Maryland Court Rules On Judge’s Interview of a Child During Custody Battle

1412362_sunset_silhouetteThe Court of Special Appeals of Maryland recently ruled that a trial judge did not abuse his discretion when questioning a child about custody arrangements in Karanikas v. Cartwright. Rachel Karanikas Cartwright (“the mother”) and Konstantinos Karanikas (“the father”) were originally awarded joint legal custody of their nine-year-old daughter, which later changed to physical custody by the mother with visitation by the father.

In March 2012, the mother emailed the father stating her intent to relocate to Pennsylvania with their child. The father did not consent. Both parents filed pleadings to change the original order and judgment. The relocation trial was set for September 7, 2012.

The father sought to have the child testify either in open court or in chambers. Initially the trial judge reserved on the question of whether or not to interview the child because other witnesses might be able to provide information pertinent to the issues such that a nine-year-old would not need to testify. However, the trial judge did meet with the child in chambers for about twelve minutes at the end of the trial’s first day.

The father wanted the judge to expressly ask the child which parent she wanted to live with: her mother or her father. The mother’s attorney asked the judge not to interview the child because it would put the child in an uncomfortable position. In open court, the judge questioned whether it was appropriate to ask her about her preference, but ultimately did ask about her preference at the end of the interview. She had none.

On the second day of trial, the father presented an oral motion to disqualify the trial judge, claiming he made biased statements on the first day. According to the father, the trial judge also mishandled the interview of the child.

The trial judge referred the motion for disqualification to another judge, who denied it. At the conclusion of the trial, the trial judge ordered that the child could be relocated by her mother to Pennsylvania.

Among other issues, on appeal the father argued that the trial judge should have been disqualified because he failed to uphold the law in his interview with the child. First the father argued that the trial judge outright refused to conduct the interview, then he argued that the judge “only agreed to do so in such an extremely limited and unreasonable fashion.”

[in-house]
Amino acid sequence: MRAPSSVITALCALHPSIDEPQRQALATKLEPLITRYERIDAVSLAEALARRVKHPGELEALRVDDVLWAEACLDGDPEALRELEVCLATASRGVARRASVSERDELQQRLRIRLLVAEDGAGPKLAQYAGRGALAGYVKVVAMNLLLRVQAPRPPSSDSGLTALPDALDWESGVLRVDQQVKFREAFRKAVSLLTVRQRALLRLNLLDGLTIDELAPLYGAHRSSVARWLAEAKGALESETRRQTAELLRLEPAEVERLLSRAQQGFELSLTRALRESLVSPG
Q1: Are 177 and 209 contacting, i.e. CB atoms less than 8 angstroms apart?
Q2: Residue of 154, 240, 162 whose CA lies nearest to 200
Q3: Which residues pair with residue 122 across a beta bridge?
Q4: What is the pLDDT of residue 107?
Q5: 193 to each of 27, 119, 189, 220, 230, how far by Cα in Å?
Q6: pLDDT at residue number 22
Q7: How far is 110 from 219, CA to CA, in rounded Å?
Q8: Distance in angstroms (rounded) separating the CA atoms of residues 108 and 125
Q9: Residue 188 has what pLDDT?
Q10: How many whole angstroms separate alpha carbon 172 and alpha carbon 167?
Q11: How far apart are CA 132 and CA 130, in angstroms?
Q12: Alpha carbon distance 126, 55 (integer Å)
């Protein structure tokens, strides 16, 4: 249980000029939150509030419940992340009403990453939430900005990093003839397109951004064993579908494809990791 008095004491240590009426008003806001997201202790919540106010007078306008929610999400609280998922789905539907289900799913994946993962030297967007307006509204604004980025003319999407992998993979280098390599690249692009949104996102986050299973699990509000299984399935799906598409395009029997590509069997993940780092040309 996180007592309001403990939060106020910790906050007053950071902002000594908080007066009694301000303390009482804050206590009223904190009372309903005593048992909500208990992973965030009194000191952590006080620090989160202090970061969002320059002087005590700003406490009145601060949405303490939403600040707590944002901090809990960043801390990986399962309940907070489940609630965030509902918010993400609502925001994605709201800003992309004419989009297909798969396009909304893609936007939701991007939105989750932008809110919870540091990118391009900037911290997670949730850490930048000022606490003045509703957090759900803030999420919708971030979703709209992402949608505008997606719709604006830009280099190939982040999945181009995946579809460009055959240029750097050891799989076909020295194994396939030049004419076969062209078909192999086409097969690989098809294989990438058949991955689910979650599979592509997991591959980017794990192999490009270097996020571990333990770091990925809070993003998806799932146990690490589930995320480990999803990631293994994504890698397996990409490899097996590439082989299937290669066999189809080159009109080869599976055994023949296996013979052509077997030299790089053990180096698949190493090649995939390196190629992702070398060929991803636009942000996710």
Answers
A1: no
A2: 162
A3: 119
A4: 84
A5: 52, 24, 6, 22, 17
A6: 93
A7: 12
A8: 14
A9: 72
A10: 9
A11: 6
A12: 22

Although the judge initially said “we’ll see” in open court, in chambers he actually did ask the child the question that the father wanted him to ask: “If you could live at one place—with your mom or your dad, which would you prefer?” The father also took issue with the brevity of the interview.

The Court of Appeals found that the trial judge displayed concern for young children when he commented on the mother’s attorney’s position on child interviews. The father’s attorney was given an opportunity to present an argument for the legal standards on conducting child interviews, and ultimately the judge did interview the child for twelve minutes. Accordingly, the trial judge did not abuse his discretion.

The court must examine many factors and weigh the advantages or disadvantages of different environments when modifying a custody award. Under a 1994 case called Lemley v. Lemley, the court retained discretion about whether to interview a child about his or her opinion. The court isn’t required to speak with a child about preference, but the child’s preference can be one factor that is taken into consideration.

Child custody cases are difficult and emotional, and can consume a significant amount of time. If you are dealing with sensitive family law matters like the one described above, the best interests of your child may depend on hiring a qualified and knowledgeable attorney who can navigate the system for you. Contact lawyer Anthony Fatemi and his legal team for a legal consultation. They have years of experience in Maryland family law, including matters of divorce, prenuptial agreements, separation agreements, property distribution, custody arrangements, alimony, and domestic violence.

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